“Self-esteem” is a word that gets thrown around a lot these ​days. It almost seems like it’s the magic cure for whatever is wrong with our personalities. You may have heard things like “you’re too sad” or “you’re too lazy” or “you’re too anxious” and everybody seems to think that a better self-esteem is the solution.

So what is “self-esteem?” In the most basic sense, self-esteem is what we think of ourselves.

Positive Self-Esteem Statements

- “I am good.”

- “I am successful.”

- “I can do this if I try.”

Negative Self-Esteem Statements 

- “I am worthless.”

- “I am a failure.”

- “Nothing I do is right.”

Since our self-esteem is basically how WE see ourselves, it is our responsibility to help it develop in a healthy way.  Most times when we hear about poor self-esteem, we also hear about all the people who “gave” us our poor self-esteem.  We need to break that thought process and start taking control immediately.

As teenagers, we’re right in the middle of a lot of intense brain development, and part of that process is that sometimes we don’t see things as they truly are.  You might recognize some of the symptoms of the growing up process:

  • Worrying too much about social situations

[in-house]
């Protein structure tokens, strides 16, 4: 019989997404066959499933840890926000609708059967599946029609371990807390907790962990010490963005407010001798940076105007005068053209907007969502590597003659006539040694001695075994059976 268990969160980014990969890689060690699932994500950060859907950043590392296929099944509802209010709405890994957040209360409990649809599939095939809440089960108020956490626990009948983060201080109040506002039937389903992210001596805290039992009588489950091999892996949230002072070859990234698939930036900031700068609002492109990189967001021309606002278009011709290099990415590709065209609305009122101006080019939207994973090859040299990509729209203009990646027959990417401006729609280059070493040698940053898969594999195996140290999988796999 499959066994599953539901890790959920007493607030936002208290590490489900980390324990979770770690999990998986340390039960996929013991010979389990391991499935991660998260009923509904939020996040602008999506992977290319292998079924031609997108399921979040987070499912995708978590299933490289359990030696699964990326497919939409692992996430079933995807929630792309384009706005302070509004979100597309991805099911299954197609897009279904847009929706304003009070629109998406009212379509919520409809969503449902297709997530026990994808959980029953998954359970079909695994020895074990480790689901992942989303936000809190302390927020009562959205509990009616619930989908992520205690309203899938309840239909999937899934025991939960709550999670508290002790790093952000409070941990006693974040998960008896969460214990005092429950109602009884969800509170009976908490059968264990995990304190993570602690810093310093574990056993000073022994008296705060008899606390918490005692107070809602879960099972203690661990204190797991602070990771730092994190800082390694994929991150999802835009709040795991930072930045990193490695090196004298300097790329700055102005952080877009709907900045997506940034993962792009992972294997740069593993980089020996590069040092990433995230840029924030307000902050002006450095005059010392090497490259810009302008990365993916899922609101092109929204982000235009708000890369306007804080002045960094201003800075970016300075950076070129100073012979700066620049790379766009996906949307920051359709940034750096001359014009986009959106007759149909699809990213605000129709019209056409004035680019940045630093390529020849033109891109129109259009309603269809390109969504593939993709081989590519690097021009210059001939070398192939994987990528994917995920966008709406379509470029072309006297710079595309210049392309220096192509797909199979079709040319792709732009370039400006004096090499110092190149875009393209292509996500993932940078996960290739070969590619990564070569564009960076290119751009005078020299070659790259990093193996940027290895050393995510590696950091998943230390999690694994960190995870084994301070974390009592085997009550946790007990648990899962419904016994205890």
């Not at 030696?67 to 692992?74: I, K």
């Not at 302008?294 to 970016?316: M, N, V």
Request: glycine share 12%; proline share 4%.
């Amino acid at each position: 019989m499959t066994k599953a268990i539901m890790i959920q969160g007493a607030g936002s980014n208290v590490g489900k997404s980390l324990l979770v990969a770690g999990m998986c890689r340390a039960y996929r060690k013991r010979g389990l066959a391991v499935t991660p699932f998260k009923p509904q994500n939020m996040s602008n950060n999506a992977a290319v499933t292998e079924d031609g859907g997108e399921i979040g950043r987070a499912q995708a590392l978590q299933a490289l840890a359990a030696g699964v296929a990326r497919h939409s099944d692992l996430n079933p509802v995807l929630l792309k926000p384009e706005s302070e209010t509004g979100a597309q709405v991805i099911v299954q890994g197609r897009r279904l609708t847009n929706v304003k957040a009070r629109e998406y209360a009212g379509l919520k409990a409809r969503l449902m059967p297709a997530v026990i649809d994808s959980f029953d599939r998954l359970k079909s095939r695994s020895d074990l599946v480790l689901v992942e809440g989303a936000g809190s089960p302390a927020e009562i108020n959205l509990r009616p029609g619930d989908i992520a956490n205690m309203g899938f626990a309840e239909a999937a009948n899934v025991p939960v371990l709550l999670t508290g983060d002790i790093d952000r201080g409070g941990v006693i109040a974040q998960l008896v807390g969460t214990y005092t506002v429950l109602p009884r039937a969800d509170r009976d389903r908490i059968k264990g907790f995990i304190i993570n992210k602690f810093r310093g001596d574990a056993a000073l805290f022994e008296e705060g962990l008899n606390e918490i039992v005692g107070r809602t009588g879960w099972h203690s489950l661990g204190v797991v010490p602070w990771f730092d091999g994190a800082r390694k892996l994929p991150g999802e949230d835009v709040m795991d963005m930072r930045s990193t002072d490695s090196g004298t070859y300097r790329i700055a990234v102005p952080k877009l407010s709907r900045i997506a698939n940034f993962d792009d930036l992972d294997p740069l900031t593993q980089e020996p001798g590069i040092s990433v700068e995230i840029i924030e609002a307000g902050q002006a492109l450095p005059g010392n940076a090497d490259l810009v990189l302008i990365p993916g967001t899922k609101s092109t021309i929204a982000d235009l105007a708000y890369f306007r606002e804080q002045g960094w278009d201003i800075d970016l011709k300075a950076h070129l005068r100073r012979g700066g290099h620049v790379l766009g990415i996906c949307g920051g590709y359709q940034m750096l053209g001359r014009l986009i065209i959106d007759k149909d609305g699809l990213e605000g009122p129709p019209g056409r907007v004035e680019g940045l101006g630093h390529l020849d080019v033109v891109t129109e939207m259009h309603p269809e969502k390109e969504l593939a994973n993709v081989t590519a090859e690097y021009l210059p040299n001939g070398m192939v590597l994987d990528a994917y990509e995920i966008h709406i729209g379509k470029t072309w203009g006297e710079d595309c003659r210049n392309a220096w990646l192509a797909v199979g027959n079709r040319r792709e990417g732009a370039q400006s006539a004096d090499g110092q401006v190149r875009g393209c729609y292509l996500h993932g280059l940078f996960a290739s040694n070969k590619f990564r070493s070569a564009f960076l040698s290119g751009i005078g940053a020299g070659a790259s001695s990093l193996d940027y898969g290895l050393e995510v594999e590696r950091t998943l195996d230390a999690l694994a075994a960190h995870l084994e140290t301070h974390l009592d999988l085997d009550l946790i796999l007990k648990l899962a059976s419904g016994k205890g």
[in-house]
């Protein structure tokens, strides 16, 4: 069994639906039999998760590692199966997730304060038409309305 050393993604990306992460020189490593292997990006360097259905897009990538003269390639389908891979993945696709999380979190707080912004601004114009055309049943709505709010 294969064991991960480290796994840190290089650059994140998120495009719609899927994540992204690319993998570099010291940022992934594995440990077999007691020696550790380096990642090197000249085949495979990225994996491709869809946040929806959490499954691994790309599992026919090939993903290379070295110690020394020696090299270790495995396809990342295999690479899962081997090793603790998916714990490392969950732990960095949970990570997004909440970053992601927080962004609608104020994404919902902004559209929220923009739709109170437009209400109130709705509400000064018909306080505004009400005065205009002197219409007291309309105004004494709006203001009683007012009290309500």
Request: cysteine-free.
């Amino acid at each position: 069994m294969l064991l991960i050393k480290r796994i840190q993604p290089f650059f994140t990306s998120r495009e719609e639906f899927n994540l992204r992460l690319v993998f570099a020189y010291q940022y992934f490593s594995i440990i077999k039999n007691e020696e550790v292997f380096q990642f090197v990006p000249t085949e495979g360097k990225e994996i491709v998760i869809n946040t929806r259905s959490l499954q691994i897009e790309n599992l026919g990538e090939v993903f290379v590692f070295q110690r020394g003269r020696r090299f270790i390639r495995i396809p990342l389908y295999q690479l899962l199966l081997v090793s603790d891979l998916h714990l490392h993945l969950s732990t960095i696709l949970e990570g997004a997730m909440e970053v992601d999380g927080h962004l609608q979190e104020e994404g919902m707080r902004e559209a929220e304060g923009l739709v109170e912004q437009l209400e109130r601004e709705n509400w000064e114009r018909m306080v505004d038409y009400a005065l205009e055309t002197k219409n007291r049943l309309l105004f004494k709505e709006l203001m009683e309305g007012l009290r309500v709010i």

• Feeling overly embarrassed when we make mistakes
  • Do you worry about the same things over and over?
  • Wondering why we don’t get the attention we deserve
  • Thinking that one mistake can ruin our entire lives

If you recognized some of these in yourself, maybe you also saw how powerfully they can affect your self-esteem. You might also see how this can lead to a lot of teenagers who think they are absolutely wonderful people, and a lot of teenagers who think they are garbage. The danger is that everyone starts comparing themselves to the people around them. But in the end what is important is that you learn to take control of how you see yourself and surround yourself with people who appreciate you!

Be a first rate version of yourself, not a second rate version of someone else.

-Judy Garland